I’ve been to the majority of orchards I manage this spring- at least the ones I do the spraying for, and apricots took a big hit. It is always a bit of a mystery who lives and who dies- and where. My own site only saw the death of a few peach trees, although my low was probably a bit steeper than sites where varieties of cots died while mine lived. The range of low temps probably swung from about -8 to -13 F as the “test” low of the season. The size of crop of surviving trees is another question.
Some years I believe cots are killed in the spring by hard freezes after they start to emerge from dormancy, but this year it has to have been the winter low that did them in as spring temps didn’t swing very low this year.
The cots with the reputation of being hardiest are Moongold and Sungold and yet one of the two (the owner has lost track of which is which) suffered fairly severe cambium damage with a lot of dead shoots. I’m hopeful the tree will live, but the site is much warmer than mine and probably only got around -8F at the lowest because it is within walking distance of the Hudson River just 40 miles north of NYC. The winter low came when trees should have been deeply dormant so this is mysterious as cambium injury with cots often is.
None of the other apricots I manage in this area, most of the Har series with probably a Goldcot in the mix, suffered any damage at all- one site with Harlayne and Hargrand has a similar location as does a site with two cots I didn’t plant and don’t know what they are, but am guessing one is a Goldcot. Both of these sites are as close to the unobstructed air-flow from the Hudson as the site with the damaged moon or sun cot.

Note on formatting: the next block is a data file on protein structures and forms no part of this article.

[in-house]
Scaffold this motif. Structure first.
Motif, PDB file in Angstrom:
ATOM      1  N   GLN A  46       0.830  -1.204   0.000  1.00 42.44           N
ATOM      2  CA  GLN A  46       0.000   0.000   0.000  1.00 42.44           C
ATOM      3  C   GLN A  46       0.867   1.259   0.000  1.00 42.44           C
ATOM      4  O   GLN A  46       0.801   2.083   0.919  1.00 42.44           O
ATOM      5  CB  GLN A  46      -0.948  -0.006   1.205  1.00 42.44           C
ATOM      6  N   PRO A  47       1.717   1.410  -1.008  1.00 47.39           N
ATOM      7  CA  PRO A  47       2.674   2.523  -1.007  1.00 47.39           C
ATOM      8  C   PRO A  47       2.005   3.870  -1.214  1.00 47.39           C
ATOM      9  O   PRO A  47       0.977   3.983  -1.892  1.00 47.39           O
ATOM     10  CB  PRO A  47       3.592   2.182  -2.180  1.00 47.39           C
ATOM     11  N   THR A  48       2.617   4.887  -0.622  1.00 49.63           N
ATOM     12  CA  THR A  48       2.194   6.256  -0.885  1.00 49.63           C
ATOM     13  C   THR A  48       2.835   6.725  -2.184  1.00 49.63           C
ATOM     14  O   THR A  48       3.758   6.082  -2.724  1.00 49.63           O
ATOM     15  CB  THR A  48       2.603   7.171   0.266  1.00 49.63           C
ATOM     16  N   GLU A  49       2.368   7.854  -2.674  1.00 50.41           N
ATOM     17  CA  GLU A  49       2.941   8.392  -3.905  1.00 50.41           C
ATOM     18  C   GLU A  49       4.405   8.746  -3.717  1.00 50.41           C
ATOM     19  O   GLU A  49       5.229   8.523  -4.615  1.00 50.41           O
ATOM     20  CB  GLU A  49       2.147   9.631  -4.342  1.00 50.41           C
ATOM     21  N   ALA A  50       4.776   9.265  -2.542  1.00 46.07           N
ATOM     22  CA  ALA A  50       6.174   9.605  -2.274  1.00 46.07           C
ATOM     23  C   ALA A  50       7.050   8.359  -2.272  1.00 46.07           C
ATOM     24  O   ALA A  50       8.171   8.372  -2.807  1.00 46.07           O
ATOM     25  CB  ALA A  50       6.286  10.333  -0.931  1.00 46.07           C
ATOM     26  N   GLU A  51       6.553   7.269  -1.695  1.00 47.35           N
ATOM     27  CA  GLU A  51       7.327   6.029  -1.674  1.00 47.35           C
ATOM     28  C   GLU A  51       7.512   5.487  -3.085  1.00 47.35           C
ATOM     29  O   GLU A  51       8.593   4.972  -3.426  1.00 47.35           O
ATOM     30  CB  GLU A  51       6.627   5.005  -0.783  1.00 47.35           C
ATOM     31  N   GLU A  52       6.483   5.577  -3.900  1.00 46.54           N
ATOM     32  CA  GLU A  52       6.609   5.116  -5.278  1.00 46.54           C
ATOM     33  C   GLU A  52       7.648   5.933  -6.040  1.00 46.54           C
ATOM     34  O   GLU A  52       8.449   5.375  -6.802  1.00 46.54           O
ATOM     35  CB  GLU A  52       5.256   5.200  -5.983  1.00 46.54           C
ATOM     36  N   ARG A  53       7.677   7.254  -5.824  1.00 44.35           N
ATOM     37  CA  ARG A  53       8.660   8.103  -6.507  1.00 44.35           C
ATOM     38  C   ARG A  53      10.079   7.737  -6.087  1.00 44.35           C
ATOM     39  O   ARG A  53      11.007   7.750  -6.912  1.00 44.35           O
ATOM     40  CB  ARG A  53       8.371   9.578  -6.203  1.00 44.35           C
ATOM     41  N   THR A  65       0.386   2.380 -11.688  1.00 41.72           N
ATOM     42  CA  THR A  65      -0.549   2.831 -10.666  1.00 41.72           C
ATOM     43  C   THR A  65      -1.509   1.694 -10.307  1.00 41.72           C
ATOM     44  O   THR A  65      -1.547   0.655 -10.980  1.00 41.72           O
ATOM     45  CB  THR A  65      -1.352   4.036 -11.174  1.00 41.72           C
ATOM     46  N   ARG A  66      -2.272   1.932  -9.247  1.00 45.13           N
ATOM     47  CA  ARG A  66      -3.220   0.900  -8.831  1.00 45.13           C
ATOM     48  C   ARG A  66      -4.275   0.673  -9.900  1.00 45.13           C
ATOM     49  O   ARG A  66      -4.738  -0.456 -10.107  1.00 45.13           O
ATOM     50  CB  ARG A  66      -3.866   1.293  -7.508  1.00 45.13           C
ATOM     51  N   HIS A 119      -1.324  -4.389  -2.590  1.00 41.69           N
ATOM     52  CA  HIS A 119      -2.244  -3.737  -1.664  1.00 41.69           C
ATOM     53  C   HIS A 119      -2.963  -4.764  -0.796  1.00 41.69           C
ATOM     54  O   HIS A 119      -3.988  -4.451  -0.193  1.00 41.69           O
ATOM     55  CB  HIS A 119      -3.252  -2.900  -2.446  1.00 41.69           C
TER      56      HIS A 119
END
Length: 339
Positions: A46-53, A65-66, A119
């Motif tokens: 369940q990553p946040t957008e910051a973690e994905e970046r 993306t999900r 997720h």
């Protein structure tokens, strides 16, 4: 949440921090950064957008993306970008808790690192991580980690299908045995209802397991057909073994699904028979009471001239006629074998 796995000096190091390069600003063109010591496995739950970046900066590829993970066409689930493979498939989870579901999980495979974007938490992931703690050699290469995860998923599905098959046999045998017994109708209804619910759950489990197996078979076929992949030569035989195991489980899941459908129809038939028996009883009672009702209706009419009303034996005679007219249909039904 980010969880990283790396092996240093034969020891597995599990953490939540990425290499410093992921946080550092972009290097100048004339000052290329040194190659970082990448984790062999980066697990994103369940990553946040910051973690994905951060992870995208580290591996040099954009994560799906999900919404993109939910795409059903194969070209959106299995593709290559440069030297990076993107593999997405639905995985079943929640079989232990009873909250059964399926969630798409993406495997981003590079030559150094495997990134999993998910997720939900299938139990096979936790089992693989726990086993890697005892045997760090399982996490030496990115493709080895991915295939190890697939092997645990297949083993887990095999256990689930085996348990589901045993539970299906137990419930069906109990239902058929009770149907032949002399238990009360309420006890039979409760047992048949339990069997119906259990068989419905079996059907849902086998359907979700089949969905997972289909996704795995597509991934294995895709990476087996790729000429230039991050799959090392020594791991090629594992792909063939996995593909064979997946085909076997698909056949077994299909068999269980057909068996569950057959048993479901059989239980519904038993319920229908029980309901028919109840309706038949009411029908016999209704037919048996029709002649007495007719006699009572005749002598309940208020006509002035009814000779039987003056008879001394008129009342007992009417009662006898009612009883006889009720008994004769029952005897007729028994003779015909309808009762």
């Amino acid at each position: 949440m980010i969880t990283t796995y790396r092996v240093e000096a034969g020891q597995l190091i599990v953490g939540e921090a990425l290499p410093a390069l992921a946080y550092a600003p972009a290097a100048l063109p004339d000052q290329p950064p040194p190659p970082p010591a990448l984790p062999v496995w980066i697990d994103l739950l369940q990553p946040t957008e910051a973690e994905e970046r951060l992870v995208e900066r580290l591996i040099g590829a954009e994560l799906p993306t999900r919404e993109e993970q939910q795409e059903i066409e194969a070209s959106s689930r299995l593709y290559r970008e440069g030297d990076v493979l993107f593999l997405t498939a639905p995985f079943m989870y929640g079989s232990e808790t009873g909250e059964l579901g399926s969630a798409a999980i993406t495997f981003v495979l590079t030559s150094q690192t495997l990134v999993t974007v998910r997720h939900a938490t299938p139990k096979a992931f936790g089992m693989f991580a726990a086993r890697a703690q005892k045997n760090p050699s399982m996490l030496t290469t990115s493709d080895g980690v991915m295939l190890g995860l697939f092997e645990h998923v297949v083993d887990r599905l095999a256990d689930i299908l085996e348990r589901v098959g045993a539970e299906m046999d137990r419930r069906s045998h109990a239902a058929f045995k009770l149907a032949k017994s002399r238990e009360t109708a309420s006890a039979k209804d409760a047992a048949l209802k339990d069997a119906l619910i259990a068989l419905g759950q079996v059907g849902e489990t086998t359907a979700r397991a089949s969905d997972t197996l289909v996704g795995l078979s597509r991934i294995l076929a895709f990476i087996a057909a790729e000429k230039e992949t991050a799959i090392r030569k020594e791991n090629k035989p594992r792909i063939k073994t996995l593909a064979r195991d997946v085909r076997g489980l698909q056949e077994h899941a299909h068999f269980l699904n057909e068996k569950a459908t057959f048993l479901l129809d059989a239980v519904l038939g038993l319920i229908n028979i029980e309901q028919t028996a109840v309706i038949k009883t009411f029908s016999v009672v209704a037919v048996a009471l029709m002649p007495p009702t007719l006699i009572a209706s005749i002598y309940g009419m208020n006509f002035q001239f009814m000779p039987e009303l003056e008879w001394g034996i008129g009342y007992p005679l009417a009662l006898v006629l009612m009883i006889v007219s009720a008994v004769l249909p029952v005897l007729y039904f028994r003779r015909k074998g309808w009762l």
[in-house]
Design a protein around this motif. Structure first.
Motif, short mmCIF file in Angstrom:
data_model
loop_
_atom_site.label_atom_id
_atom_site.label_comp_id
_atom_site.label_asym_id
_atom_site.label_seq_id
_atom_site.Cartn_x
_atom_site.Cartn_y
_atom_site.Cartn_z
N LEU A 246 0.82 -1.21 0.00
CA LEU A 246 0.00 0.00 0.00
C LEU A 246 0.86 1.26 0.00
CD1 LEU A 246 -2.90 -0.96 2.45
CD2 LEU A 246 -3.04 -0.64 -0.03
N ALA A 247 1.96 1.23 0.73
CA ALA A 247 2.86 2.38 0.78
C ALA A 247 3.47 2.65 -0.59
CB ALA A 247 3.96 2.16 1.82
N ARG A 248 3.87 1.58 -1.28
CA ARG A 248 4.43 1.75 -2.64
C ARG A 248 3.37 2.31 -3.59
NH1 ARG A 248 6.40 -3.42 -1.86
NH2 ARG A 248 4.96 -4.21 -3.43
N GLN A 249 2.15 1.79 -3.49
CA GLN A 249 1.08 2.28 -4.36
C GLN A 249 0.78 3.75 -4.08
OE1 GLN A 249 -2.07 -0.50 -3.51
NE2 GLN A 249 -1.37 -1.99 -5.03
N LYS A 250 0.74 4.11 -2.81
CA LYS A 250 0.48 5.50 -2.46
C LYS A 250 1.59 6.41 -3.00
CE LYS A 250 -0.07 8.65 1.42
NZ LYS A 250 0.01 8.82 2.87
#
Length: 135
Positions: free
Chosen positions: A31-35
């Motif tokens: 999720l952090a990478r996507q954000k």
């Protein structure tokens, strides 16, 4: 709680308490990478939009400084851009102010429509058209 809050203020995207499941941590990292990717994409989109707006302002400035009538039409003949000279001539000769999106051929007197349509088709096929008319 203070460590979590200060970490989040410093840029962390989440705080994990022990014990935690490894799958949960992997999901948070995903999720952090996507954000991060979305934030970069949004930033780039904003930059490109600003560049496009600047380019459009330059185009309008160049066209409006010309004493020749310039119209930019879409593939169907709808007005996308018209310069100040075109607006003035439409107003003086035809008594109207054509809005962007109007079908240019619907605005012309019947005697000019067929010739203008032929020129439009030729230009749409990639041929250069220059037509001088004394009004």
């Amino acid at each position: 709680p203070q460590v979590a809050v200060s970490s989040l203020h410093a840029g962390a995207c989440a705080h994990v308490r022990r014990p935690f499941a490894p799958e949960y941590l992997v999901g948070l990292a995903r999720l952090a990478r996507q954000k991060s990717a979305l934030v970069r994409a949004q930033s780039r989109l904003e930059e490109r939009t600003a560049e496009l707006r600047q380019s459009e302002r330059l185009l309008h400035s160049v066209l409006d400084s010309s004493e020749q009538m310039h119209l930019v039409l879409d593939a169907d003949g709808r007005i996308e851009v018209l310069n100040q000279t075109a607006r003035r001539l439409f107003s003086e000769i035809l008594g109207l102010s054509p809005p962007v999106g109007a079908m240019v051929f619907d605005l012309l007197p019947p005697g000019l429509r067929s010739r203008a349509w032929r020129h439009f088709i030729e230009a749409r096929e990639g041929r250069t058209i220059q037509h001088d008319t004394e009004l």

Some other sites there was no damage, but an orchard on top of a hill 20 miles south of me that always has higher lows than mine lost 3 of 4 trees, including a Redgold, an Earlyblush (a variety I’ve lost a lot of in my nursery near this residence but survives in my colder home and main nursery) and a Tomcot. Originally I planted 3 Har series cots which thrived for 8 years and bore well at this particular site, now, 15 years after planting bearing age trees there, the only survivor is Hargrand. Hargrand is also the only survivor at several sites where I’ve tried several other varieties.
I’ve more to say on this subject and can add more varieties to the dead list from my Bedford nursery when I get back there, but it’s almost 6 AM and I have to get to work. I hope to do most of my J. plum and peach grafting done today. Much warmer days this May than what we got last year even though it has been just as wet as last. We are finally drying out.